What is Repo Rate in Detail

what is Repo Rate & Reverse Repo Rate In Detail

what is Repo Rate

The markdown rate at which a national bank repurchases government securities from the business banks, contingent upon the dimension of cash supply it chooses to keep up in the nation’s fiscal framework. To incidentally extend the cash supply, the national bank diminishes repo rates (with the goal that banks can swap their possessions of government securities for money). To get the cash supply it builds the repo rates. On the other hand, the national bank chooses an ideal dimension of cash supply and gives the market a chance to decide the proper repo rate. Repo is short for repossession.

what is Reverse Repo Rate

Reverse repo rate is the rate at which the central bank of a country (Reserve Bank of India in case of India) borrows money from commercial banks within the country. It is a monetary policy instrument which can be used to control the money supply in the country.

Description: An increase in the reverse repo rate will decrease the money supply and vice-versa, other things remaining constant. An increase in reverse repo rate means that commercial banks will get more incentives to park their funds with the RBI, thereby decreasing the supply of money in the market.

Repo rate And Reverse Repo Rate

Reserve Bank of India defines the money related arrangements and executes them to accomplish a couple of explicit goals. Fiscal approach alludes to the strategies figured to control financial supply and rate of premium/cost of cash in the economy to animate the development. The essential target of such money-related strategies is advancing monetary advancement through value strength, the guideline of the volume of bank credits, improving the productivity of the budgetary framework, advancing ventures and diminishing the inflexibility to empower broadening and so forth. Repo rate and invert repo rate are the key instruments of the financial strategy of India that are utilized to control cash supply in the economy.

How does Repo Rate work?

When you borrow money from the bank, they charge interest on the principal. Basically, it is the cost of credit. Similarly, banks too can borrow money from RBI during cash crunch on which they must pay interest to the Central Bank. This interest rate is the repo rate.

Technically, Repo stands for ‘Repurchasing Option’. It is a contract in which banks provide eligible securities such as Treasury Bills to the RBI while availing overnight loans. An agreement to buy them back at a predetermined price will also be in place. So, this interest rate is levied on these kinds of repo transactions as well.

Current Repo Rate and its impact

RBI continues changing the repo rate and inverts repo rate as per changing macroeconomic elements. At whatever point RBI adjusts the rates, it impacts each part of the economy; though in various ways. A few portions gain because of the rate climb while others may endure misfortunes. Taking a gander at the developed of inflationary weights, RBI as of late climbed the repo rate by 25 premise focuses to 6.50% and the switch repo rate to 6.25%.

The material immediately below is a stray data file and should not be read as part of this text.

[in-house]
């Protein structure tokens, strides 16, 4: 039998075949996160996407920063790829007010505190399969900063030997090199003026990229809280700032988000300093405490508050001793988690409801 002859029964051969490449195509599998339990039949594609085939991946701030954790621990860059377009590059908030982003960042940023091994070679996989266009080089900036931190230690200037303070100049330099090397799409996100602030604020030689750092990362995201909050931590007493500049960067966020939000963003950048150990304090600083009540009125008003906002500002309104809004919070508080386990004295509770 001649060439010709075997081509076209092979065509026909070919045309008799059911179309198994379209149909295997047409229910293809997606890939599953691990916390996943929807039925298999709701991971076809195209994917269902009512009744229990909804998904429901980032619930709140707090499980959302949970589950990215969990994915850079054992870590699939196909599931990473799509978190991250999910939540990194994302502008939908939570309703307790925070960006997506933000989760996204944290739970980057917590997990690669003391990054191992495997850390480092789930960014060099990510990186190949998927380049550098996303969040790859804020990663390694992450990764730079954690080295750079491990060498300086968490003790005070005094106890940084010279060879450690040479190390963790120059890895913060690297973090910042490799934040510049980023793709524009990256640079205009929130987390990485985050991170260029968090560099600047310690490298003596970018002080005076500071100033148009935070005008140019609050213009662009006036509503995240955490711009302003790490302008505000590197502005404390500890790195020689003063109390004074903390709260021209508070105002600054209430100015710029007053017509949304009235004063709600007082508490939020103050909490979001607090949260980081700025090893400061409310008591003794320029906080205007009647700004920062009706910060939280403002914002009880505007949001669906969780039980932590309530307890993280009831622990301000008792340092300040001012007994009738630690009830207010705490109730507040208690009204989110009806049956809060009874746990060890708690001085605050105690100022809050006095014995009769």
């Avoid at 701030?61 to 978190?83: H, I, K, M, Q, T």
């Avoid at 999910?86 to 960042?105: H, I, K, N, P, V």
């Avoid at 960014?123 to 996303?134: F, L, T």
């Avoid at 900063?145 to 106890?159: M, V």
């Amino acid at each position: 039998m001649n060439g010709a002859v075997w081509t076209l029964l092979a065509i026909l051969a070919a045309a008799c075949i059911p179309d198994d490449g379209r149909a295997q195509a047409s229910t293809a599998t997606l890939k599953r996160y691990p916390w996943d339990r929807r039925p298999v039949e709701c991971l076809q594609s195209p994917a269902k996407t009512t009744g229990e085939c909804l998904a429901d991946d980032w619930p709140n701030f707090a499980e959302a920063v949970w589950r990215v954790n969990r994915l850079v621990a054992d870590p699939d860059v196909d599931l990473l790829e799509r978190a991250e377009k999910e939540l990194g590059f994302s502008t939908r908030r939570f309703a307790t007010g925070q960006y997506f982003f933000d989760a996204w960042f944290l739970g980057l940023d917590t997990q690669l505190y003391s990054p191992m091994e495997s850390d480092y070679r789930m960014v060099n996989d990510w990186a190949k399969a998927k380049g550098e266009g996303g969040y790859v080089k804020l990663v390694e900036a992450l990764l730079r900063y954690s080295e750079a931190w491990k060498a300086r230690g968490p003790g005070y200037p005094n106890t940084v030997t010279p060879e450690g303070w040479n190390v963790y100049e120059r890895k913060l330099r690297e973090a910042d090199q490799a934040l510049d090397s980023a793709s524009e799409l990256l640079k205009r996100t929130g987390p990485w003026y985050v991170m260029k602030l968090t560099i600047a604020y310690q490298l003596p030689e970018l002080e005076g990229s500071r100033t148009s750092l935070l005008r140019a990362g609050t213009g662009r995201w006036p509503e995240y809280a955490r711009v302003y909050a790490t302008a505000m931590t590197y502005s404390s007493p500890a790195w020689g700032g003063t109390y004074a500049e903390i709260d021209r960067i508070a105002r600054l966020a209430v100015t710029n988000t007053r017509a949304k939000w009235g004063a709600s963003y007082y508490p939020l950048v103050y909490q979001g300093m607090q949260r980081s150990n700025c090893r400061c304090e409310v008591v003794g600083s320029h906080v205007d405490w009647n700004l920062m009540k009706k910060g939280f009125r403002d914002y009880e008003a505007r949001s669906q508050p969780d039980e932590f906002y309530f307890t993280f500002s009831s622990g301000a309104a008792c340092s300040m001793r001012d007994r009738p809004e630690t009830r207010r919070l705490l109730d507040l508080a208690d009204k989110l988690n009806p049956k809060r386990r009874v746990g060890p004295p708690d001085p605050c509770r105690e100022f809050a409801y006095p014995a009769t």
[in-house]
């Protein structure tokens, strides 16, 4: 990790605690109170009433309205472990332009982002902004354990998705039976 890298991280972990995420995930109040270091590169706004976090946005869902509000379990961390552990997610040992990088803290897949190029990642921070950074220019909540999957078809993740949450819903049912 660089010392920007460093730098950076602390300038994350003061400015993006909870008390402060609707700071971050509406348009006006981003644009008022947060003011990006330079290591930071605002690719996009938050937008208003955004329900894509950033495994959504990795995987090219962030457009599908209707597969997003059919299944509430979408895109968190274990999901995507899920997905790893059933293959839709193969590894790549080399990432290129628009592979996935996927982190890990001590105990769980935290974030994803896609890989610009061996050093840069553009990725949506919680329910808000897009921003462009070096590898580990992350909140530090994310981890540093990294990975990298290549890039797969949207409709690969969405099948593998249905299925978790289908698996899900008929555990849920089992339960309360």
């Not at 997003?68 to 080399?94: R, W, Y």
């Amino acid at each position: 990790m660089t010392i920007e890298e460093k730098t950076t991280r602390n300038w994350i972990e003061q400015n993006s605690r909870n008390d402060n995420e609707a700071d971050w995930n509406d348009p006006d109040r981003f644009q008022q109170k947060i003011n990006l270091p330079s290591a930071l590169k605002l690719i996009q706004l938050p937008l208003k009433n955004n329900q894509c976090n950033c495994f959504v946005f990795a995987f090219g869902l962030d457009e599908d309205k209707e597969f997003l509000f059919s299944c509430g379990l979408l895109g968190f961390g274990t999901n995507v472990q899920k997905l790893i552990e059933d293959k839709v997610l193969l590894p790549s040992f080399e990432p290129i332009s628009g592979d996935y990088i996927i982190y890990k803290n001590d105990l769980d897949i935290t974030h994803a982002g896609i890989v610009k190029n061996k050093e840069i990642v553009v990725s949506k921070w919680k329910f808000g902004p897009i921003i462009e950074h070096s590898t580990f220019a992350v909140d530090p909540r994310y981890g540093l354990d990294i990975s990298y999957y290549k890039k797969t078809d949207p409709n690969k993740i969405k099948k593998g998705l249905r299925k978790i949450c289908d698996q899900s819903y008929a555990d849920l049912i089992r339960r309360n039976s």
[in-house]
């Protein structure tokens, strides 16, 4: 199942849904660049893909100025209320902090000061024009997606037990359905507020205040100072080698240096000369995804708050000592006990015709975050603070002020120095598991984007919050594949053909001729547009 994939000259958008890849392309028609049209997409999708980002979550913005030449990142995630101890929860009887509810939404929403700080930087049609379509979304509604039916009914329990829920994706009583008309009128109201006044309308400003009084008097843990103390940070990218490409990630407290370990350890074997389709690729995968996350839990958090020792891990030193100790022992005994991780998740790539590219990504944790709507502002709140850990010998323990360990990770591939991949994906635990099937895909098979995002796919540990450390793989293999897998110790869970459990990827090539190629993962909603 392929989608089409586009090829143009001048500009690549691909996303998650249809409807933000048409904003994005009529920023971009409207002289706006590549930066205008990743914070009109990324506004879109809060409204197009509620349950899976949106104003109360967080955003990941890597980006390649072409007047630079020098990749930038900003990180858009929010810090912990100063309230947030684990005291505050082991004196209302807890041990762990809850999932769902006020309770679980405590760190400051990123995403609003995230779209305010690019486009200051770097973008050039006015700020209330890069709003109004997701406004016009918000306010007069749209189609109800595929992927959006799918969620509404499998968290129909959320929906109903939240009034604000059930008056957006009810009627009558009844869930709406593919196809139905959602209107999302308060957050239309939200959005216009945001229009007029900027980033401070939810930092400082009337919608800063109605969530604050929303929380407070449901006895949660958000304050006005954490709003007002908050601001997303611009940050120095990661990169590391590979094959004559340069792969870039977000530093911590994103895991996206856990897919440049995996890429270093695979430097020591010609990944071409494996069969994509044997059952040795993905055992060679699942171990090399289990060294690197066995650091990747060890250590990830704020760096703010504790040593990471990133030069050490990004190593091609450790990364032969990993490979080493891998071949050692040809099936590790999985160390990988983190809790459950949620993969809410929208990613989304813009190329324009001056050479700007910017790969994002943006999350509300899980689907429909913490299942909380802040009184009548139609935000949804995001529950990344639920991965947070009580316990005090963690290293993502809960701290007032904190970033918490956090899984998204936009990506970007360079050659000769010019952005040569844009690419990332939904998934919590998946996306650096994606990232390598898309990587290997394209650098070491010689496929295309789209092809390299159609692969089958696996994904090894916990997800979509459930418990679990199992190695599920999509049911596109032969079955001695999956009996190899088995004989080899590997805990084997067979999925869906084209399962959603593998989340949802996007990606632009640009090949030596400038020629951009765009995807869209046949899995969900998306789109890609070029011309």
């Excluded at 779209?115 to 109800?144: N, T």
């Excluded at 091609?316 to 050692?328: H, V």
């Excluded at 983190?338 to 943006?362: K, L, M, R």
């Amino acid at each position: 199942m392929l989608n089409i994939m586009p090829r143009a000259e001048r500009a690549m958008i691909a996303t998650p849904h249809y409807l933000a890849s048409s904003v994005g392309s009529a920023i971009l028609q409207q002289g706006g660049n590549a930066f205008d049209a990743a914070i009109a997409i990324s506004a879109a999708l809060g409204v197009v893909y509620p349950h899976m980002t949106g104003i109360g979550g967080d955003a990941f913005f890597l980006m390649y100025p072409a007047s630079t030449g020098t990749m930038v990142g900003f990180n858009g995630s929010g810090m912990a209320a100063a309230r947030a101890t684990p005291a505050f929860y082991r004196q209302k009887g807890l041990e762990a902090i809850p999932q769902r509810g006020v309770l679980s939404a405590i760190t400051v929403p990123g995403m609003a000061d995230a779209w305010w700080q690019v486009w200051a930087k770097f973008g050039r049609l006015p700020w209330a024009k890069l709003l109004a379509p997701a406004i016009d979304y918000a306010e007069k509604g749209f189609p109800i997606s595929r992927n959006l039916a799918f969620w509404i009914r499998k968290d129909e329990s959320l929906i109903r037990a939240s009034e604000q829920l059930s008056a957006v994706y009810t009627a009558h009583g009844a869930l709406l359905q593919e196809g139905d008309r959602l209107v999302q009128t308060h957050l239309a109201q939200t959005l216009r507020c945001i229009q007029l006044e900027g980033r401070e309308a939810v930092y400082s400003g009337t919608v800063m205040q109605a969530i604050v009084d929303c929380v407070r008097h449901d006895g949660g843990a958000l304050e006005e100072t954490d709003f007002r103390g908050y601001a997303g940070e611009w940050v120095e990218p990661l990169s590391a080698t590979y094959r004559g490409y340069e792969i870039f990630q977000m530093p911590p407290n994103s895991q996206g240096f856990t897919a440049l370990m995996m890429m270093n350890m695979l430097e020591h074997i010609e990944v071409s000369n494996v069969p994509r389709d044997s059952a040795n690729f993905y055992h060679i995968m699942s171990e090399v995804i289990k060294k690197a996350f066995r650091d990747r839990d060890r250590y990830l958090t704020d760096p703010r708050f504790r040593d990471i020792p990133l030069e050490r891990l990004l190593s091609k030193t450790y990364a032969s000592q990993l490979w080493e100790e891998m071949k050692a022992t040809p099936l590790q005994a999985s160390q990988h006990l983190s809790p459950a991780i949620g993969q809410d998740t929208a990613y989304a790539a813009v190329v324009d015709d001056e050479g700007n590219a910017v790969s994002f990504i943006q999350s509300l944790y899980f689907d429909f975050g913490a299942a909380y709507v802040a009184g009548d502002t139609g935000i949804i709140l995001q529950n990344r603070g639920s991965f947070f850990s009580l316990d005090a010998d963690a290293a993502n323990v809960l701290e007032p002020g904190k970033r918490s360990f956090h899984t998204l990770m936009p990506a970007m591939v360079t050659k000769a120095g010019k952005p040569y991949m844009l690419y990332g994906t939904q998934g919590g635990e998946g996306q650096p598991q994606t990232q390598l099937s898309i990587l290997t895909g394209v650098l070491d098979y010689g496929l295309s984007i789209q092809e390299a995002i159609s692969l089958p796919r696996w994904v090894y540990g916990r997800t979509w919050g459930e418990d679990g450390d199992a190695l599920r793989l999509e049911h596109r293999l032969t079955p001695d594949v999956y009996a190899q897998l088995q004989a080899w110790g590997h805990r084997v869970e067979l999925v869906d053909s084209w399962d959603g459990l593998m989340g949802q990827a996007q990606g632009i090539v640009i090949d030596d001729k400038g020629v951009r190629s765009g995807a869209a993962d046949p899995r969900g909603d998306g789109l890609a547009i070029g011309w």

In certain occurrences, change in the switch repo rates can affect first-class advances like home credits. On the off chance that the RBI chops down this rate, it need not really imply that the home credit EMIs would get lesser. Indeed, even the loan fees may not descend fundamentally. The loaning bank additionally needs to diminish its ‘Base Lending’ rate for the EMIs to diminish. Home credit rates or fixed rate purchaser advances aren’t affected by RBI’s rate cut. The rate of intrigue is fixed regarding fixed credits.

Repo

Technically, repo (Repurchasing Option) is a contract in which banks give eligible securities such as Treasury Bills to the RBI while availing overnight loans with a commitment to buy them back. The interest rate charged on repo transactions is called the repo rate.

Following components are there under a repo transaction between the RBI and a commercial bank:

Bank gives eligible securities (securities identified by the RBI{like government bonds} and at the same time which are above the SLR limit).
RBI gives one day/overnight loan to the bank
RBI charges an interest rate called repo rate from the bank
Banks repay the loan after one day and repurchases the security it has given as collateral.
Reverse Repo

On the other hand, a reverse repo is an opposite contract under which banks can park their excess cash with the RBI by availing a rate of interest which is called reverse repo rate. Here, when the banks have excess money for the coming days, they can give it as a loan to the RBI. But here, the RBI will not give any securities (like Treasury Bills) to them.

Following are the components of the reverse repo transaction:

  • Bank parks its excess cash with the RBI for one day.
    Such money will be considered as a one day loan by the bank to the RBI.
    RBI gives an interest rate called reverse repo rate to the bank
    Of these two tools (repo rate and reverse repo rate), the repo rate is of prime importance because once repo rate is changed by the RBI, reverse repo also automatically changes by equal percentages in the same direction.

Repo and reverse repo facilities are available from Monday to Friday. Requests for repo and reverse repo can be submitted in the morning.

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